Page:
Emily Bell

  • Austin
Grant Season: 
  • 2014
Emily Bell


Growing up, the stage was simply the place that I felt most at home. I quickly learned at a young age that it was also something you must earn. You can’t just walk onto a stage, throw your bags on the ground and say “I’m here! Where’s dinner!?”. So, the challenge and the work became as much a part of me, perhaps even the better part, as the result. Musical theater was my first love. Learning to play the instruments, to sing it, to act it, to live it on stage. It took me many places- from my small home town in College Station, Texas to earning a spot as a musical theater major at the high school for performing and visual arts (HSPVA) in Houston, Texas, to studying theater in New York, which, while there, also landed me in my first recording studio at 17.

I’m named after Emily Dickinson, who is an actual distant relative. When I was younger and beginning to write poetry and songs, I would imagine her as I wrote. I would put myself in her secluded room in her family’s home, connecting with her loneliness. I was romanced by the idea that there was some kind of microscopic piece of her within me. Poetry and songwriting was something I kept very close and private for a long time. My daily life was immersed in music since I can remember, performing it, practicing it, listening to it. Writing it, to me, was the most sacred of all. I filled journal after journal (which has now become boxes and boxes in my writing room). Throughout my theater studies, the desire to pen my own path to the stage, my own songs, my own experience, became my one true passion. Writing music could no longer wait. Owning that, I left my theater days behind, and said goodbye to New York for the time being.

I moved back to Houston to get to work. I began by knocking on any door I could. I got a job bartending at the coolest and dirtiest live music venue I could find. I started my private studies of the bands that would play every night, and began working at any studio I could.

After a year of writing and recording, I gained the attention of a local record label, made my first real deal, and was sent off to L.A. to work as a songwriter in Raphael Saadiq’s studio, Blakeslee Recordings. Raphael is one of the more influential producers and songwriters in the soul and R&B world, and had been my favorite producer of soul artists for some time. At 20 years old, I found myself in his world. I worked with incredible artists, people who became my mentors and taught me not only about how to be a better songwriter but about professionalism on a whole new level. The studio was my life for a long time. I worked there for just under 4 years. I wrote countless songs. However, being under a contract that limited my creative control began to take it’s toll. I had to decide whether or not I was wiling to sacrifice a part of myself as an artist for what is often guised as fame and security. It is a problem many young girls in the industry encounter. I was not immune. With a heavy dose of reality, one contract severed but my integrity intact, I left to go off on my own. I had to create on my own terms if I ever wanted to have something of value and authenticity.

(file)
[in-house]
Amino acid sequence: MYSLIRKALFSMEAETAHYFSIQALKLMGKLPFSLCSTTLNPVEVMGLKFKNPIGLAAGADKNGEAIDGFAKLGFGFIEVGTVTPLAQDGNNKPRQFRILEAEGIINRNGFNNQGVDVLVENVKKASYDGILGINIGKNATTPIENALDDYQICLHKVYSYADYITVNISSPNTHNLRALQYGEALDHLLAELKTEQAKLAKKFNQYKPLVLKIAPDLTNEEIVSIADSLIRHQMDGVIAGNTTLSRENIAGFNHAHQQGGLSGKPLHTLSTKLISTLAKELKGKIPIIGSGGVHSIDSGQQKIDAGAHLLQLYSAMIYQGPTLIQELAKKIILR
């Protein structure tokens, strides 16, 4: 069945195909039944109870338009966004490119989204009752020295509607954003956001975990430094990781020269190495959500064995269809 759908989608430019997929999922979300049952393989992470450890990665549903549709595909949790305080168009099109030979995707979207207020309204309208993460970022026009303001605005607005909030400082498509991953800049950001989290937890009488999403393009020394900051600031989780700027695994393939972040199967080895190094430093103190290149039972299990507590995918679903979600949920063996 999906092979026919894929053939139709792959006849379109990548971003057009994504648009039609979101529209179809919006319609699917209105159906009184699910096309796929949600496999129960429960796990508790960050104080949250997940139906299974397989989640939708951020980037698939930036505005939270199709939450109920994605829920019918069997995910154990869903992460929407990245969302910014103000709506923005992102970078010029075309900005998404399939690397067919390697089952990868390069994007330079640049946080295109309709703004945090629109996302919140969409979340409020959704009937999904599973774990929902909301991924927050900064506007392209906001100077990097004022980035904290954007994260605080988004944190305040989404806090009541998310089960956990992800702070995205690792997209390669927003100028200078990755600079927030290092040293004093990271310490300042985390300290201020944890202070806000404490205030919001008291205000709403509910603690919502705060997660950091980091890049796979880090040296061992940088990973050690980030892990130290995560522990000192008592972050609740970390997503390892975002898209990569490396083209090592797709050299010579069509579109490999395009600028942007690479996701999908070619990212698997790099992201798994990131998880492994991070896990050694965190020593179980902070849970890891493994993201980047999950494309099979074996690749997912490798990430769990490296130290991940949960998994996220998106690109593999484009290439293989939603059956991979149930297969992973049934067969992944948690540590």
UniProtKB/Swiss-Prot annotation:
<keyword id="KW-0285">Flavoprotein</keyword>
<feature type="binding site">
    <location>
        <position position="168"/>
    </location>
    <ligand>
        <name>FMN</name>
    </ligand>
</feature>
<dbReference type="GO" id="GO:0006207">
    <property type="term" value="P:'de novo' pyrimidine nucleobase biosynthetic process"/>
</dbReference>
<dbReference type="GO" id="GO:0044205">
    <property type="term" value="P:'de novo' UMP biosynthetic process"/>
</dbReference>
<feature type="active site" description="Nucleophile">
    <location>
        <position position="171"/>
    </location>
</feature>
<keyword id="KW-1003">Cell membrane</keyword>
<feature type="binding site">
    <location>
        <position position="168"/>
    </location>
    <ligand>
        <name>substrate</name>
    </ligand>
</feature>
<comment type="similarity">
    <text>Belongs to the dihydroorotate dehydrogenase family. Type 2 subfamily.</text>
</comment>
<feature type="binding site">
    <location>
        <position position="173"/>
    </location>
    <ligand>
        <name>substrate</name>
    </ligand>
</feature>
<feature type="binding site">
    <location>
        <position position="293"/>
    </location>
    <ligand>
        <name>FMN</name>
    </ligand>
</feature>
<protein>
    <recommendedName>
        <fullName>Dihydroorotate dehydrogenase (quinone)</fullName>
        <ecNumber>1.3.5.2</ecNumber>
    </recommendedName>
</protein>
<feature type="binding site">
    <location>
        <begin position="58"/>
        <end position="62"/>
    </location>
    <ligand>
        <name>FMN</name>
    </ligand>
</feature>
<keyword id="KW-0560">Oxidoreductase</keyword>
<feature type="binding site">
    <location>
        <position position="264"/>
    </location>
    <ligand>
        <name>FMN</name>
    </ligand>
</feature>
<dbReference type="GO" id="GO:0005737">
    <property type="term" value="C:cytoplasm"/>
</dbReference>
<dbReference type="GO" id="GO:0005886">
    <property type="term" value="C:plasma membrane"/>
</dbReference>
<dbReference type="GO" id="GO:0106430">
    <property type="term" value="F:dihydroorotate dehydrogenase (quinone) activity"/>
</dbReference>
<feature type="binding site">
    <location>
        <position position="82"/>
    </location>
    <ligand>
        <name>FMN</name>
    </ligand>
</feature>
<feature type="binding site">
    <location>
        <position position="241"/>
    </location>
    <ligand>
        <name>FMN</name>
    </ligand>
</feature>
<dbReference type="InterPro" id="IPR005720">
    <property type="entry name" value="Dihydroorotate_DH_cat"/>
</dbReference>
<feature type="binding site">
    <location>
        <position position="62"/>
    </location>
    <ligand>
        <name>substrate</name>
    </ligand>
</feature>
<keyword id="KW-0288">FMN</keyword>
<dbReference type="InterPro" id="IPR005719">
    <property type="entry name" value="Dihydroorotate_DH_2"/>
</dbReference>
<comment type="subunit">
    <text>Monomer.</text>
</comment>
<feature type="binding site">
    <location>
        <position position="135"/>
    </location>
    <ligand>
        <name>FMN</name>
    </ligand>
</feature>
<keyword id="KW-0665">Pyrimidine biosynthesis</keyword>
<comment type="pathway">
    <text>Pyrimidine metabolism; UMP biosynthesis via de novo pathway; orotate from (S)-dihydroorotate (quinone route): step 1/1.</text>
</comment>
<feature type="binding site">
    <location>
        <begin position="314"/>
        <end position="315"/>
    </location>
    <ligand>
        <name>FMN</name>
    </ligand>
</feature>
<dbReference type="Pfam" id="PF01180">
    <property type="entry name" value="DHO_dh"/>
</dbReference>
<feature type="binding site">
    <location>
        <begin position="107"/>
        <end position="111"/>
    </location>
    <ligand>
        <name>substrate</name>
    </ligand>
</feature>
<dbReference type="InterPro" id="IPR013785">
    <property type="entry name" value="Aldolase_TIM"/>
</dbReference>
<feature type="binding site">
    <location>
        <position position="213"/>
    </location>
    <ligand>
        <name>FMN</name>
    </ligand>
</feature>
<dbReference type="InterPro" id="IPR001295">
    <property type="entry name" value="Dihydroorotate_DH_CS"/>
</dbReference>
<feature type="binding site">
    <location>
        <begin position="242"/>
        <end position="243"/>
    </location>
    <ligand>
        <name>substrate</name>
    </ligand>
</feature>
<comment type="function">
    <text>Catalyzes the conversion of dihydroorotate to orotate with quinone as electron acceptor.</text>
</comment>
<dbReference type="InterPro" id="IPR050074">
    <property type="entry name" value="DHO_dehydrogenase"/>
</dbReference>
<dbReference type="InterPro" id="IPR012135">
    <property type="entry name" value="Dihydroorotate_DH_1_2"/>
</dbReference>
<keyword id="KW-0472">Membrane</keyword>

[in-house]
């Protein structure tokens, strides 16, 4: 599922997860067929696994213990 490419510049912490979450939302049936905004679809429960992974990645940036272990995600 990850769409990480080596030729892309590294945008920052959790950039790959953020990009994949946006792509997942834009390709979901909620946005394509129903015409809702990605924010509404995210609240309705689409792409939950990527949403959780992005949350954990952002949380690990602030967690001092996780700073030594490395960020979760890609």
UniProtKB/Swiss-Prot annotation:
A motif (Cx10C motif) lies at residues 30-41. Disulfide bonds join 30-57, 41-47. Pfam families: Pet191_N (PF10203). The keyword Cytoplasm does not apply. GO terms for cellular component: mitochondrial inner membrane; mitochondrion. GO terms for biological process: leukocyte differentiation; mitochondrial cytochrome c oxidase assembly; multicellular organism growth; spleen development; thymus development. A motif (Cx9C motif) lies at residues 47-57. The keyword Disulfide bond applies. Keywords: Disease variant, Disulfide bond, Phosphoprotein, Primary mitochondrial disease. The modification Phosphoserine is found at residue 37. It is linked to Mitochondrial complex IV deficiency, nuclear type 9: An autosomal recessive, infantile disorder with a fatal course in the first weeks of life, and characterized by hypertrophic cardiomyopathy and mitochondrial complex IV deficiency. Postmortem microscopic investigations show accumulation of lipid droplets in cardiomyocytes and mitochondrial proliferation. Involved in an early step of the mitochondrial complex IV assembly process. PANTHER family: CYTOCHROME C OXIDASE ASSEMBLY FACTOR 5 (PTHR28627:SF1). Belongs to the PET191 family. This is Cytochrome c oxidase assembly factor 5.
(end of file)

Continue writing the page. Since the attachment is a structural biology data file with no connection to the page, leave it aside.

With my stuff in storage, and my life entering the unknown, I traveled India for 2 months. I put myself on the other side of the world, perhaps to gain perspective, to live without means, to discover something entirely new. I did.

Enter Austin- where, during my travels, it became glaringly clear I should go. Here, I set out to create what I wanted, with every bit of experience and lessons I had gained up until that point. I fell in love with a musician, John Evans. That was new. I found I had more inspiration in my life than ever before. Austin was instantly home.

So, for the next year, I wrote like crazy. I got a part time job bar tending, and sunk myself into the vibrant music scene. In 2011, I was ready to record my debut record. I decided to forgo the typical studio environment, and with John heading up the production of the record, and three incredible Austin musicians in tow, we enlisted our dear friend and Grammy Award winning engineer, Steve Christensen, to help us put up a make-shift studio and record in my aunt’s remote (and vacant) lake house in nowhere Texas. After over a month of no cell service, wifi or contact with the outside world, we had completed In Technicolor.

2012 arrived soon after we returned and in just a couple of months I had gathered a group of incredible live musicians who were crazy enough to start getting loud with me. That year, we did play loud, we played everywhere we could, and in May of 2013, we released the record.

It’s been a million things since then. Our single, Back to the Way I Was, did really well at national radio. It enabled us to take two tours, one in the Summer and the other in Fall. We played our first late night show with Artie Lang in NYC, played to crowds who knew the words to our songs in cities we had never been, worked our butts off, had a LOT of fun, played festivals. Back home, I was blown away to win Best New Artist at the Austin Music Awards. Most of this is due to the fact that Austin nurtures creativity. They enabled me to do so. They take care of their musicians. I feel great. And they encourage originality.

So – I tell you all of this because to explain why I make the kind of music I do, is to explain where life has taken me, and what kind of perspective it has given me. I write because I have always heard music in my head. I have something to write because I’m alive. I have loved the flamboyancy of the theater, the excitement of rock and roll, and the many colors of soul. My next record, which I am currently working on, will be entirely new and different. It will be the best thing I’ve ever done. It will be, because I am now different. I’ve lived more than I ever have right at this moment. And that’s amazing to me. And I can’t wait to record it.